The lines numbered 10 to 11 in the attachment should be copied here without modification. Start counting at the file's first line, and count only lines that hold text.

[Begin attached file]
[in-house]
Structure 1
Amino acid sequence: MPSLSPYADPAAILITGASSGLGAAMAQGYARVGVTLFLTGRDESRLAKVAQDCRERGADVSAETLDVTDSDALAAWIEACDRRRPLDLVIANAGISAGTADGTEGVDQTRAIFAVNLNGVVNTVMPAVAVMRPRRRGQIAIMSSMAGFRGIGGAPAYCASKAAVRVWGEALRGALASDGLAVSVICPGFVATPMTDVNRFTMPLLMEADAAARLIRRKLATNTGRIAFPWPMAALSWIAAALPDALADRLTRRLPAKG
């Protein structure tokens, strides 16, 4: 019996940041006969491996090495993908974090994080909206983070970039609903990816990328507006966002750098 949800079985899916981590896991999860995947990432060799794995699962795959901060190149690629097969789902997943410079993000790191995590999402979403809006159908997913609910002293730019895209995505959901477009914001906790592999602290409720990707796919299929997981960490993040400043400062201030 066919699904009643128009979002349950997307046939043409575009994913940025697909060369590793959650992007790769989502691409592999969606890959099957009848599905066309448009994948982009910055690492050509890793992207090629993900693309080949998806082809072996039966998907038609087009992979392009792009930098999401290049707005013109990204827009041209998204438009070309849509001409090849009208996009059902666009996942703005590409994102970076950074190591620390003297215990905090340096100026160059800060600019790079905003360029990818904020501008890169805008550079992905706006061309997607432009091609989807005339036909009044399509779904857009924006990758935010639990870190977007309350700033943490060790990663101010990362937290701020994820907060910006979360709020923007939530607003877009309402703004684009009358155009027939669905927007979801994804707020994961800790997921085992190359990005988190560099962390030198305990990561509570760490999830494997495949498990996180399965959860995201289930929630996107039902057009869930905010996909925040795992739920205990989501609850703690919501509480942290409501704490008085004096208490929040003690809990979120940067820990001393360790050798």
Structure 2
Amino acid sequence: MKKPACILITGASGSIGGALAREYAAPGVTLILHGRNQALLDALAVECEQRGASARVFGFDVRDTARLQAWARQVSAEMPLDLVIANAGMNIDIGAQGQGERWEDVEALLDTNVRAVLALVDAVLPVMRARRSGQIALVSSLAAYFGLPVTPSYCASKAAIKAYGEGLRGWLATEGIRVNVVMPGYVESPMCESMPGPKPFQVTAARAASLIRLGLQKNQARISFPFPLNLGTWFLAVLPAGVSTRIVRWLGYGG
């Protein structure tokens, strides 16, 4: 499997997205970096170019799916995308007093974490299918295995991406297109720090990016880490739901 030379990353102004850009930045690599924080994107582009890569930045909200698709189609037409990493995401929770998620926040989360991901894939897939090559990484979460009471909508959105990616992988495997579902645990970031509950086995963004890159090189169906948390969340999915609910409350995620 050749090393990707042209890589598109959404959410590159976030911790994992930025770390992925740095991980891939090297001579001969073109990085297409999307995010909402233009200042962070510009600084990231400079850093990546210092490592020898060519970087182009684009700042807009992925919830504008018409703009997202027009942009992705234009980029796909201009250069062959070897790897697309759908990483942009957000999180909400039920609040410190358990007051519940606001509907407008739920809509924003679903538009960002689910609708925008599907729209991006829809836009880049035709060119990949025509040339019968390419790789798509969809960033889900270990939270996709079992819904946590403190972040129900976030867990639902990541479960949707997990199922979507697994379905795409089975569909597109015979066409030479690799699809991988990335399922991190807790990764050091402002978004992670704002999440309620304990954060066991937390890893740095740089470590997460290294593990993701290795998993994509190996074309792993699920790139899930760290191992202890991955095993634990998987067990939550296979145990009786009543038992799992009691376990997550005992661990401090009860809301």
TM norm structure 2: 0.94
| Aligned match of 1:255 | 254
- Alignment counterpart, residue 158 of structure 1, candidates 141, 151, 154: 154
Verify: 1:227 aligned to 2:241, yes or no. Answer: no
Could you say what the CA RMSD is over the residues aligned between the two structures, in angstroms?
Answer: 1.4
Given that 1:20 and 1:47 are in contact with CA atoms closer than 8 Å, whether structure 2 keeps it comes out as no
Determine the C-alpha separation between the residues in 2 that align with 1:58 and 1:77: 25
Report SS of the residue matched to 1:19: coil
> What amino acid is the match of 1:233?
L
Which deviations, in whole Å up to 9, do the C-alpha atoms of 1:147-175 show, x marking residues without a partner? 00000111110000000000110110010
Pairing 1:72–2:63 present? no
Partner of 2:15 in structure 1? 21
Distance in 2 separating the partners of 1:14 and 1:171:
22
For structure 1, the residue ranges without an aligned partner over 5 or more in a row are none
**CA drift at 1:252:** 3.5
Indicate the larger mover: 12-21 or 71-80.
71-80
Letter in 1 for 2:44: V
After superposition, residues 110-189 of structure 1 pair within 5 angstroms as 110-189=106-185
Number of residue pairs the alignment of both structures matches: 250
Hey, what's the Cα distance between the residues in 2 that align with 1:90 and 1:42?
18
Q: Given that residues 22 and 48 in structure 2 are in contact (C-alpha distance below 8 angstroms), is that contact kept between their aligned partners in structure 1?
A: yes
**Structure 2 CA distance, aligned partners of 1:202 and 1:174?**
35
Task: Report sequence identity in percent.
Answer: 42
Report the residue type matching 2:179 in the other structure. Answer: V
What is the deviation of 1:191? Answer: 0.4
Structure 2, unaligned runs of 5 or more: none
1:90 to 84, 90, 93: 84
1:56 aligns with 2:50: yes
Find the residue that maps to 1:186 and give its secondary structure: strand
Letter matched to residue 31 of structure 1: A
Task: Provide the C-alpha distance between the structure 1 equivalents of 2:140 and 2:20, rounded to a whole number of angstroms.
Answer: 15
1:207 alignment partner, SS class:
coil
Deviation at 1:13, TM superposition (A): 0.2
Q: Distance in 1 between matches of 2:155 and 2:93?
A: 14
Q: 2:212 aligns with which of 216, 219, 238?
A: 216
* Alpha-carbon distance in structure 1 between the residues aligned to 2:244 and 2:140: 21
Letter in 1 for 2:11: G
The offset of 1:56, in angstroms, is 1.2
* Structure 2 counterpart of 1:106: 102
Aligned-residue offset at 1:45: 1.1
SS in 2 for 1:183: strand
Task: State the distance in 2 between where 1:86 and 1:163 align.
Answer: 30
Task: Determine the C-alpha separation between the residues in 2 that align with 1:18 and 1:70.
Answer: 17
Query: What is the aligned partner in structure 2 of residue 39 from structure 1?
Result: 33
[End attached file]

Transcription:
- Alignment counterpart, residue 158 of structure 1, candidates 141, 151, 154: 154
Verify: 1:227 aligned to 2:241, yes or no. Answer: no